New Thunderbird Vulns Threaten Sensitive Data, System Availability
Several significant vulnerabilities have been found in the widely used Thunderbird email client. If a user were tricked into opening a specially crafted website in a browsing context, an attacker could exploit these issues to cause a denial of service, obtain sensitive data, bypass security restrictions, perform cross-site tracing, execute arbitrary code, or escalate privileges on impacted systems.
What Are These Vulnerabilities & How Do They Impact Me?
The following security issues were discovered and fixed in Thunderbird:
- If a user were tricked into opening a specially crafted website in a browsing context, an attacker could potentially exploit these to cause a denial of service, obtain sensitive information, bypass security restrictions, perform cross-site tracing, or execute arbitrary code. (CVE-2023-6858)
- Thunderbird did not properly parse a PGP/MIME payload that contains digitally signed text. An attacker could exploit this issue to spoof an email message. (CVE-2023-50762)
- Thunderbird did not properly compare the signature creation date with the message date and time when using a digitally signed S/MIME email message. An attacker could exploit this issue to spoof the date and time of an email message. (CVE-2023-50761)
- Thunderbird did not properly manage memory when used on systems with the Mesa VM driver. An attacker could exploit this issue to execute arbitrary code. (CVE-2023-6856)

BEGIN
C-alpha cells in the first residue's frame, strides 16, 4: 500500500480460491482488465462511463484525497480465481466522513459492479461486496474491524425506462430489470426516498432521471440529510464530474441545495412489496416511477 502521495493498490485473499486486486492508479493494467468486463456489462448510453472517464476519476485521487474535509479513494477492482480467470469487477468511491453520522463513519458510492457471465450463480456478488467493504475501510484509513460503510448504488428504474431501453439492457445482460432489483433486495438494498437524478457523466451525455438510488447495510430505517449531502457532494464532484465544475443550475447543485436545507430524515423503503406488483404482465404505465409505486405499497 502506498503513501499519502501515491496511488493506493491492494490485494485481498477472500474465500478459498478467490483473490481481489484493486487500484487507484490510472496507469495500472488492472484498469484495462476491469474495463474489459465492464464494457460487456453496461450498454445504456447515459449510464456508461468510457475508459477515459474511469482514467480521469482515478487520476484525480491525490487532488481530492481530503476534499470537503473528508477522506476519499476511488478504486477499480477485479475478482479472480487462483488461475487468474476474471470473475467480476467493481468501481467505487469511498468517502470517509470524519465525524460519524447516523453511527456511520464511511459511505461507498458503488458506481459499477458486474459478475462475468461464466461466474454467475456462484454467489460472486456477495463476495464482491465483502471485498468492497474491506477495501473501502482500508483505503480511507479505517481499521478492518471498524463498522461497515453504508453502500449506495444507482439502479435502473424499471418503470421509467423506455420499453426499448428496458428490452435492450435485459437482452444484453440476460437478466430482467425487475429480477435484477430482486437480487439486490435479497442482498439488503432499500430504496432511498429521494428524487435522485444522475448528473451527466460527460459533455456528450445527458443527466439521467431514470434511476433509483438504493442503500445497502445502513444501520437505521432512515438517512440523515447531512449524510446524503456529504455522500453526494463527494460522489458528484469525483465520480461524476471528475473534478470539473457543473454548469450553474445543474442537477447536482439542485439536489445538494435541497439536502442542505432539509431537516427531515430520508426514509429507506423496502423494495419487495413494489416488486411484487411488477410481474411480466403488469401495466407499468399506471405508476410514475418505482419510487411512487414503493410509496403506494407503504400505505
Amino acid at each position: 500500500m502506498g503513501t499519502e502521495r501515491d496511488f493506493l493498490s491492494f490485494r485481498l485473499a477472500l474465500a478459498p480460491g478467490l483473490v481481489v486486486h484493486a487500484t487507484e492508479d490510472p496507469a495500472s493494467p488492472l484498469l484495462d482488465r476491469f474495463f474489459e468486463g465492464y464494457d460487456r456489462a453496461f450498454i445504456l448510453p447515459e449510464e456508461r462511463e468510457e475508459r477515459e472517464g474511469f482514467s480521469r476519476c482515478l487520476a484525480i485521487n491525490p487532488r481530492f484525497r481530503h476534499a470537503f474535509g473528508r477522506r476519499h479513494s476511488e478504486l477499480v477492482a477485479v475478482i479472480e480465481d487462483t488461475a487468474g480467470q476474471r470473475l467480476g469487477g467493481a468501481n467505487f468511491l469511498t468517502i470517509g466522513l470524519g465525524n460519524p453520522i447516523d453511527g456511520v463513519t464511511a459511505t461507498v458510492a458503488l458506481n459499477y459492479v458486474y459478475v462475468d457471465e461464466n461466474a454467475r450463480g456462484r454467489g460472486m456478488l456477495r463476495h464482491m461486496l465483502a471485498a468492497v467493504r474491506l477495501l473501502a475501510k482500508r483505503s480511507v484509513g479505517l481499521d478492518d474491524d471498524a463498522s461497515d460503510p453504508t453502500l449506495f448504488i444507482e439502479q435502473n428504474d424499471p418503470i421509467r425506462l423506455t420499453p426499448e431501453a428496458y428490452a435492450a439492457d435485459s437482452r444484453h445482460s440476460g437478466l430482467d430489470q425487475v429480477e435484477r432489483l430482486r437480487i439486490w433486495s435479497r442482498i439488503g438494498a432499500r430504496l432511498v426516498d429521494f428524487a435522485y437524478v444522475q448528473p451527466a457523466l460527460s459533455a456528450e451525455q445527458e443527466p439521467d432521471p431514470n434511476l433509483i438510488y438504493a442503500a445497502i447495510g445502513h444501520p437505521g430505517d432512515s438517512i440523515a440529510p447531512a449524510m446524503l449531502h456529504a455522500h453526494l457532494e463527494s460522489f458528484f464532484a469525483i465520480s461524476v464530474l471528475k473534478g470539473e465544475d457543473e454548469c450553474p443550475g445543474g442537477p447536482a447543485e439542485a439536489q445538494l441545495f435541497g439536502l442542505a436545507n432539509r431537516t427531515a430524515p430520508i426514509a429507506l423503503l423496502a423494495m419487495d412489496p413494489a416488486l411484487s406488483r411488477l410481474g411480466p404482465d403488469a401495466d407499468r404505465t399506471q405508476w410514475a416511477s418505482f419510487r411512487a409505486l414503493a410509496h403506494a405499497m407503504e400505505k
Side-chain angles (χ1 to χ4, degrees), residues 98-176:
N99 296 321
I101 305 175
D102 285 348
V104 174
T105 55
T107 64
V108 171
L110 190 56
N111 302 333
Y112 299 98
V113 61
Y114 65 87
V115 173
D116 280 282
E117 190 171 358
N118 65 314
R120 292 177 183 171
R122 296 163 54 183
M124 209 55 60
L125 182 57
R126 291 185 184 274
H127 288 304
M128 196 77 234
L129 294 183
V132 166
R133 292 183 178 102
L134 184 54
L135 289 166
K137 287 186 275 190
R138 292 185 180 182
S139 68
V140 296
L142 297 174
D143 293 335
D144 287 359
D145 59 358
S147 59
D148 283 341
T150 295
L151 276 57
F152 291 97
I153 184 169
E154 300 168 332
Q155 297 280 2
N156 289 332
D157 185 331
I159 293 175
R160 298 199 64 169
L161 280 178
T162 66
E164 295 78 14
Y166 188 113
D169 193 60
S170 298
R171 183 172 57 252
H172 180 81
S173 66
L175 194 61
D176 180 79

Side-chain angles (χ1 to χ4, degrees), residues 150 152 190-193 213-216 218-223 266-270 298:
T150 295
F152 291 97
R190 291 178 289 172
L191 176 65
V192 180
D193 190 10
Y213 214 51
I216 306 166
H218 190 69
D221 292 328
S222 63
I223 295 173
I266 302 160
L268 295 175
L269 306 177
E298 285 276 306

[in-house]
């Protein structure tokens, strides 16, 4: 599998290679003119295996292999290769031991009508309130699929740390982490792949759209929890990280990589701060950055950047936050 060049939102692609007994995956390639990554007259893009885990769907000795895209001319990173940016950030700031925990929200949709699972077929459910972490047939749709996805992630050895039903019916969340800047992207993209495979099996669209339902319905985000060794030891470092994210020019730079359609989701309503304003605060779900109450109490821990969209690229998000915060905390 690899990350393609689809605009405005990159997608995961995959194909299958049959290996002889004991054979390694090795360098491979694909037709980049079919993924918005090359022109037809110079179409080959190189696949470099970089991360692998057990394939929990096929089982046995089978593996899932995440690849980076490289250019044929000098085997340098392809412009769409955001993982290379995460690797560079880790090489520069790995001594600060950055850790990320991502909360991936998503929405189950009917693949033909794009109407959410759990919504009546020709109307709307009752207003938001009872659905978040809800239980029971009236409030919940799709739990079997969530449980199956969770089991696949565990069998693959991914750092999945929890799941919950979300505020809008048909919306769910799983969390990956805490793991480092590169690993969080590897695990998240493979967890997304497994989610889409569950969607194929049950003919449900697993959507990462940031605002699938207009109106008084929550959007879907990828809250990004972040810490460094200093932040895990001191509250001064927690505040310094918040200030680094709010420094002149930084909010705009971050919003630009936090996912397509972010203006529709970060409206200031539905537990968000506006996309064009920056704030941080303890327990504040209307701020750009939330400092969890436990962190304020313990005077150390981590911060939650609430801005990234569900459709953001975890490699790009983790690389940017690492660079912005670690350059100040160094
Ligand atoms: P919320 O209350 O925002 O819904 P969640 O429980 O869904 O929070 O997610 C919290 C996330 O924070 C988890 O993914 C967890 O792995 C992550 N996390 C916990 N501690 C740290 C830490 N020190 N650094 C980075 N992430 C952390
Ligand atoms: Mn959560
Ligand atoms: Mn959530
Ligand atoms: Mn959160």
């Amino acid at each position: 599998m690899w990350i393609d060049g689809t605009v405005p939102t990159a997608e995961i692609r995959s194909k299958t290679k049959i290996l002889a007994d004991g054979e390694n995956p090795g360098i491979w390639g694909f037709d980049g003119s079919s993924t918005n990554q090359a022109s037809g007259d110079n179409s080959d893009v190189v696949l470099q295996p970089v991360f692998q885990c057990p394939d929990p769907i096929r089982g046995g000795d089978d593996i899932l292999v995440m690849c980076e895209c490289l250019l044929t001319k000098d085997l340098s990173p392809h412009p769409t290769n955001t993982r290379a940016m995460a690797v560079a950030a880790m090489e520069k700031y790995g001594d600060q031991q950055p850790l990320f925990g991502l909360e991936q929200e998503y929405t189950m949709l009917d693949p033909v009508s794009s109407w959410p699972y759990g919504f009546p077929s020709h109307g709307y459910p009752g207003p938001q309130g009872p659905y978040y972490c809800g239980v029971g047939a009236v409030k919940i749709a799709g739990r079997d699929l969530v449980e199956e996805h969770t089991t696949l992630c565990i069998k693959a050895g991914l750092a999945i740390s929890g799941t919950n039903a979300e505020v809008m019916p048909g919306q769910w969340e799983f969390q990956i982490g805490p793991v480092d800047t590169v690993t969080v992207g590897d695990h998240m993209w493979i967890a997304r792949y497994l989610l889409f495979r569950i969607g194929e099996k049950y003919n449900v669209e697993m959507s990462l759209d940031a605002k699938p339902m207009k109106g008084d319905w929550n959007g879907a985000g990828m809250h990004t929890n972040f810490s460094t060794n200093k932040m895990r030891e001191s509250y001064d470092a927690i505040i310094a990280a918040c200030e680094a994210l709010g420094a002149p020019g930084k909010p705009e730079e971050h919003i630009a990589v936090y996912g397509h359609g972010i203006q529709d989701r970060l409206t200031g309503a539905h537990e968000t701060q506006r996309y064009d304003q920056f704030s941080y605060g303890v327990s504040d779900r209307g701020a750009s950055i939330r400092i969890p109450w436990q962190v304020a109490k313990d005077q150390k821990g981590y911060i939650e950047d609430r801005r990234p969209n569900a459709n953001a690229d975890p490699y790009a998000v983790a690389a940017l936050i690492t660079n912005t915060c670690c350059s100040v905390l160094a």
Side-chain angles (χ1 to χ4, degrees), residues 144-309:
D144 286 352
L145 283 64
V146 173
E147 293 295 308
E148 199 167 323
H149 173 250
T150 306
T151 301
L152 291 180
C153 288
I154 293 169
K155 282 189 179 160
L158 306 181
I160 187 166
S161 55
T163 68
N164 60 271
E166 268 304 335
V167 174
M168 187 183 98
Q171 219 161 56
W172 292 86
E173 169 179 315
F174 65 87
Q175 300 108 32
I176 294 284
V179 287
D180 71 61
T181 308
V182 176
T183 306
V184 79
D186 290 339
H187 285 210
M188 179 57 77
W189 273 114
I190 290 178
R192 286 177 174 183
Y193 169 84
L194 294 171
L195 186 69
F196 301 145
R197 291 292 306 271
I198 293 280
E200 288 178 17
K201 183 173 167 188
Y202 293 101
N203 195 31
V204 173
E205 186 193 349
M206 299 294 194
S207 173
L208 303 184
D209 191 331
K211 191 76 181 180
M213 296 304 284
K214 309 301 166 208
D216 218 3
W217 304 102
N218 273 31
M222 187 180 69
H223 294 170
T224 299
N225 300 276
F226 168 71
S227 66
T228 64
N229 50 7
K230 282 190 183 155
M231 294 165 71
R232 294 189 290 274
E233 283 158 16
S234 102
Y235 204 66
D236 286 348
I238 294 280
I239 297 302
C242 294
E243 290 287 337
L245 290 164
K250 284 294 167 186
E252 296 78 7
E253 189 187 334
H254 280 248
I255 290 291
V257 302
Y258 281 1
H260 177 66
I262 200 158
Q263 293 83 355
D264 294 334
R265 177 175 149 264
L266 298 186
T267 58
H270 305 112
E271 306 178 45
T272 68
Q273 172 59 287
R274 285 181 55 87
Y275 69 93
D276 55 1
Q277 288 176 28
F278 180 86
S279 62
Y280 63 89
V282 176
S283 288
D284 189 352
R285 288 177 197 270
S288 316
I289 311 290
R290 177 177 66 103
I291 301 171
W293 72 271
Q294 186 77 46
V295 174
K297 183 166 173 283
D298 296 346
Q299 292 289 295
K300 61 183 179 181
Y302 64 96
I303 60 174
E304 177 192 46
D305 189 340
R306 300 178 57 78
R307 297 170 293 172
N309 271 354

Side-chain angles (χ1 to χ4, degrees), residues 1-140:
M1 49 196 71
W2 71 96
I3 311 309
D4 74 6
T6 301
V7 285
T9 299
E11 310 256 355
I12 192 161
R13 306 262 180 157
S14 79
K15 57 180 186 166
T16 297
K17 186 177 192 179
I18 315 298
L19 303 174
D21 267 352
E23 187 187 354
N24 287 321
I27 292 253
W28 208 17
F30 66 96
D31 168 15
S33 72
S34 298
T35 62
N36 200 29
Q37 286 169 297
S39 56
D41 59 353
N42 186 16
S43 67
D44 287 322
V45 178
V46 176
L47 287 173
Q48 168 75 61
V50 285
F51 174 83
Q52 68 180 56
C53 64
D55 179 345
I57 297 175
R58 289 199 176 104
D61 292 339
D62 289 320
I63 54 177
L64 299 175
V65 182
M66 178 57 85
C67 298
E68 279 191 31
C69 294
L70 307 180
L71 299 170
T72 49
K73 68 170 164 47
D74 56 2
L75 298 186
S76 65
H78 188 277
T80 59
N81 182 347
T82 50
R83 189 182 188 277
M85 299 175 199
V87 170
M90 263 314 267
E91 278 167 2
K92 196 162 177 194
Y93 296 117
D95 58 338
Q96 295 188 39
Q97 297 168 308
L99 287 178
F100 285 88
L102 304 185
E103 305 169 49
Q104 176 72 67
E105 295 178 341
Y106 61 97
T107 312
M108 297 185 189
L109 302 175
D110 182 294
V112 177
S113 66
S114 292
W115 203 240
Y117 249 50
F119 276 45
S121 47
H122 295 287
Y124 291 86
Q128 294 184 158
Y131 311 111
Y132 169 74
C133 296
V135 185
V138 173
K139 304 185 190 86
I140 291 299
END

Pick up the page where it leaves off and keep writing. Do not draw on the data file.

- Thunderbird did not properly validate the textures produced by remote decoders. An attacker could exploit this issue to escape the sandbox. (CVE-2023-6860)
- An attacker could escalate privileges through devtools, enabling them to view additional infrastructure to attack, add or delete users, or modify permissions of files or other users. (CVE-2024-0751)
- Bugs fixed in Firefox 122, Firefox ESR 115.7, and Thunderbird 115.7 threaten memory safety (CVE-2024-0755).
Exploitation of these bugs could result in the compromise of sensitive information or loss of system availability.
How Can I Secure My Linux Systems?
A crucial update for Thunderbird has been released to fix these impactful vulnerabilities. Given these flaws’ severe threat to affected systems, if left unpatched, we strongly recommend all impacted users apply the updates released by Mageia, Oracle, Slackware, and Ubuntu to protect against data theft and loss of system access.
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